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The Vocabula Review - February 2007 - Table of Contents
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The Dictionary of Disagreeable English
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The Grumbling Grammarian is back with a revised and expanded edition of The Dictionary of Disagreeable English. In this second edition, Robert Hartwell Fiske has added more—and more disagreeable—language blunders, additional witty commentary, and a new feature that includes frequently asked language questions, and their answers.

Fiske rails against "laxicographers and ding-a-linguists" who, with their misguided thinking, actually promote the dissolution of the English language. He also illustrates why dictionaries don't always provide the correct meaning or usage of a word. With concise instruction and numerous examples of misused words, Fiske makes it easier than ever to learn from others' mistakes.



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101 Foolish Phrases encourages you to speak and write more carefully and thoughtfully.


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by Richard Lederer

For centuries, fair-haired sea-rovers from North Germany — Angles, Saxons, and Jutes — habitually cruised about the British coast in beaked Viking ships and attacked cities for booty and a lust for battle. In the middle of the fifth century, around AD 449, these Anglo-Saxon plunderers sailed across the North Sea and came to the islands then known as Britannia. They found the countryside pleasant and the people, fighting among each other, easy to conquer, and so they remained there and took the land for themselves. That is how Anglo-Saxons came to be the ancestors of English and why English is, at its heart, a Germanic language. The hundred most frequently used words in English are all of Anglo-Saxon origin, as are eighty-three of the next hundred.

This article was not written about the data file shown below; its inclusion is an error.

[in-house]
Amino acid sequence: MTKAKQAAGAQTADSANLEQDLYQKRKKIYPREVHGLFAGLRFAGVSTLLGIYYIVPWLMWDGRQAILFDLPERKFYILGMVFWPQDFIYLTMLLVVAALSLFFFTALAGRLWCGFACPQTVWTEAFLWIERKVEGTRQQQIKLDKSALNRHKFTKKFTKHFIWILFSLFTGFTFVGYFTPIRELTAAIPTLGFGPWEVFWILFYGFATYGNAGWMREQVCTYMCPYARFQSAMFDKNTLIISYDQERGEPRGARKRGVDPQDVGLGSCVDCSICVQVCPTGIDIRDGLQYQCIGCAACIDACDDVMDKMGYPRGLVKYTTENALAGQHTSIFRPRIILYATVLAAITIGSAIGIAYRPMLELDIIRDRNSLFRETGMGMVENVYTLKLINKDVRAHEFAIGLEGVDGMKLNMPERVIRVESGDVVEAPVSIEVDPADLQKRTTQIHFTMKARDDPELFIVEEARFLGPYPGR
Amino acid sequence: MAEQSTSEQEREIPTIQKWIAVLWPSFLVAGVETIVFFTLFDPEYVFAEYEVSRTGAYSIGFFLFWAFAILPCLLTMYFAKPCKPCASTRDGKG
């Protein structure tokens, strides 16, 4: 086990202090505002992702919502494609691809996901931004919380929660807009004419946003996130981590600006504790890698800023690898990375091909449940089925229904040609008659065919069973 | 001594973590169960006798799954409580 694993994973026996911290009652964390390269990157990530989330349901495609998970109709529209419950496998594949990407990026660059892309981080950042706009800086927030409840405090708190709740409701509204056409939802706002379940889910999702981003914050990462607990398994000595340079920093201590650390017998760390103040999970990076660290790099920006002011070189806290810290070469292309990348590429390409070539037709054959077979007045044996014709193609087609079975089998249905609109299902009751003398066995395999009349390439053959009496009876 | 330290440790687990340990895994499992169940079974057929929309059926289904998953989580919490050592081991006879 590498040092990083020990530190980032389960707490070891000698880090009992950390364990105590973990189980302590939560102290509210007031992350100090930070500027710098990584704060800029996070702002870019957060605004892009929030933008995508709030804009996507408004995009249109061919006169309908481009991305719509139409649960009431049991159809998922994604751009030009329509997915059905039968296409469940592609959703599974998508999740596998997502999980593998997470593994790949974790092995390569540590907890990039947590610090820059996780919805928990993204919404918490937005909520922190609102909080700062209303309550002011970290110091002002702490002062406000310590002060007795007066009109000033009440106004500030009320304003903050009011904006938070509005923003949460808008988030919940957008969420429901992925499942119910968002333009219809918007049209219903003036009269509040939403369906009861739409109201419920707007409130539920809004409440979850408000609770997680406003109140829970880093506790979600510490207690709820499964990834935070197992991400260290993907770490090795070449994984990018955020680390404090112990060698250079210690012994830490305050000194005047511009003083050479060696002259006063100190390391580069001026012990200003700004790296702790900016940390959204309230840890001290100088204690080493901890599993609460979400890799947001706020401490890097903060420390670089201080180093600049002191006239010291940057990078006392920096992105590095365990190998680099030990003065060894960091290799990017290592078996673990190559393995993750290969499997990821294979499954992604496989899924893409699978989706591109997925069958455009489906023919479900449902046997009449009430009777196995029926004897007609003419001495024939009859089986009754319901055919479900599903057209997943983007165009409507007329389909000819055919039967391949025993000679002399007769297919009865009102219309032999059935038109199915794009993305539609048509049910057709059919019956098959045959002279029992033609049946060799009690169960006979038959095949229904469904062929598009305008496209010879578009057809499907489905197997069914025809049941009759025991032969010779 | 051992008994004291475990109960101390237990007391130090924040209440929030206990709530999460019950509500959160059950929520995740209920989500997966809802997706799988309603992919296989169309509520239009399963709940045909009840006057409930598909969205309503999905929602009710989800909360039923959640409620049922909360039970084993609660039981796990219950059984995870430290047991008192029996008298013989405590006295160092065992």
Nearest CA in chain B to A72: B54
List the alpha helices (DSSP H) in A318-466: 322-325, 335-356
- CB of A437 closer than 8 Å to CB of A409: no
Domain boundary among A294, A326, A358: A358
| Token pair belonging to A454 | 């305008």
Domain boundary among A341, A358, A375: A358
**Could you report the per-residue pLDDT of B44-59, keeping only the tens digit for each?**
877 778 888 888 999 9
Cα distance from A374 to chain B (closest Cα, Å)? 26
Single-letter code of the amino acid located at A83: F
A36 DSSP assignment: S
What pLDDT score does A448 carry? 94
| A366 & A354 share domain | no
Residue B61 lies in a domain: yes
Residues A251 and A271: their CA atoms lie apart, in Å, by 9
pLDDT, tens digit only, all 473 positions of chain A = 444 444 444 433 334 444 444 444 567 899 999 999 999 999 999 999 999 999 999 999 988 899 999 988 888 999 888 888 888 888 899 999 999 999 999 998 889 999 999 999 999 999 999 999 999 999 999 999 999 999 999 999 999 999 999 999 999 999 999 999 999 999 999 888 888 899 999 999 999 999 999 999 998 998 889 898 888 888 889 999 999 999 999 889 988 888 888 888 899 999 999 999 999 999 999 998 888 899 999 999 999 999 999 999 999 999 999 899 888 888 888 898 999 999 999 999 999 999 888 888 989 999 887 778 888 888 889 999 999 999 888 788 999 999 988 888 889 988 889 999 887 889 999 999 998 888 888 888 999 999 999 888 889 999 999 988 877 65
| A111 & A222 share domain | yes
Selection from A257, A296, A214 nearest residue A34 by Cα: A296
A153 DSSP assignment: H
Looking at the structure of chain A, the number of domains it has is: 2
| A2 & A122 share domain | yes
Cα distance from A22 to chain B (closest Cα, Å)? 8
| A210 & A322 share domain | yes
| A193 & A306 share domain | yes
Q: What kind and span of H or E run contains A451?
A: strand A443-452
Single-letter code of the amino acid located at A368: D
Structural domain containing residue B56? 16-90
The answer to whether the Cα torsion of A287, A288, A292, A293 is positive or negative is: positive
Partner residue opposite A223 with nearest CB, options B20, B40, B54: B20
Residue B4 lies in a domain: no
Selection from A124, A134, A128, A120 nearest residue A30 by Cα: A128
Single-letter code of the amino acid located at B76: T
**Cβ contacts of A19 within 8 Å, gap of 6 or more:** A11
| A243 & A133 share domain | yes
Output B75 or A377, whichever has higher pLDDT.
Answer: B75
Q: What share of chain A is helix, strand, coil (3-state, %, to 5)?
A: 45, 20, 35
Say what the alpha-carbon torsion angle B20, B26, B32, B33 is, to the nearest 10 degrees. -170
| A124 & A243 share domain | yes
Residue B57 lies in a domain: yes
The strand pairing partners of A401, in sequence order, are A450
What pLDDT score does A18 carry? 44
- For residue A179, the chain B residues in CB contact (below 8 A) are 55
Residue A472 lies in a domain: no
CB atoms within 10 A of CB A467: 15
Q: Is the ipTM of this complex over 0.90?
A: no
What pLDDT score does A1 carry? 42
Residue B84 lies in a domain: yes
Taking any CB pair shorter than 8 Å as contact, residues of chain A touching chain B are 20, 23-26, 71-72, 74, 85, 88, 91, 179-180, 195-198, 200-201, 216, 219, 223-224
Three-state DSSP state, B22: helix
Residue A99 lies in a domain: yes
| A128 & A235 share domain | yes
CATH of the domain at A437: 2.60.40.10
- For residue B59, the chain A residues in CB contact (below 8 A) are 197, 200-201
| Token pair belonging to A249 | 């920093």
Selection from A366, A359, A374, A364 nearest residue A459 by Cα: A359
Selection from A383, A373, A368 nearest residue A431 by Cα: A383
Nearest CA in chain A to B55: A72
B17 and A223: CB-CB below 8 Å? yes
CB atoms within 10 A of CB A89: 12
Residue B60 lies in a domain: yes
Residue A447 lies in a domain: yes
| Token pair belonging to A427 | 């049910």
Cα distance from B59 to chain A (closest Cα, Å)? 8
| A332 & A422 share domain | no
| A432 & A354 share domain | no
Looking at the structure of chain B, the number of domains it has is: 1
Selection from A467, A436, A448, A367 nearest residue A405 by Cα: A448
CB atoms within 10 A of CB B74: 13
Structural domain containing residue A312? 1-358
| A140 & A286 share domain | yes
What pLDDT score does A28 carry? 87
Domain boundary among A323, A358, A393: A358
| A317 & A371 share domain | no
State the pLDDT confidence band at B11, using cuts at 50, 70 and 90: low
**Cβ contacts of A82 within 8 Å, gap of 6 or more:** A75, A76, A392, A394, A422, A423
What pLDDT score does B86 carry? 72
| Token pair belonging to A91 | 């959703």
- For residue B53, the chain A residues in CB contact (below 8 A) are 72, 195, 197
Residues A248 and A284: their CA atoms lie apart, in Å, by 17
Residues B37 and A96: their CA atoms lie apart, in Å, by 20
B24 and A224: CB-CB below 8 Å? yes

Two women of exceeding importance to my life have helped to bring home to me the continuing influence of the Germanic tongues on our English language. More ... 

Most people associated with The Chicago Manual of Style would assert that this book is an authority on our language. The book cover even claims it is "The Essential Guide for Writers, Editors, and Publishers." I would caution writers, editors, and publishers not to blindly accept this manual's advice. Although Chicago does have the trappings of being an academic authority on language, its most prominent trapping is overuse of the passive voice.

In this essay, I discuss the following: Hedging, Voice Mix and Fogginess, Misuse of Always, Ignorance, Carelessness, Bad Advice, Contradictory Advice, Two Improvements over Chicago's 14th Edition, Logic, Blandness, Hypocrisy, and Chicago Mob. The purpose of this gentle essay is to in some small way influence the next edition of Chicago. More ... 

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by Francis Blessington

Language is a system of thought that we impose on the chaos of experience in order to screen ourselves from the incomprehensible, the inarticulate, the indifferent, and the hostile. It is supposed to "make sense," that is, be consistent with itself, like a dictionary, and be consistent with the outside world, whatever that may actually be. Language is the material we use to construct our model of reality, which enables us, in turn, to construct memory, experience, behavior, morality, identity, and consciousness.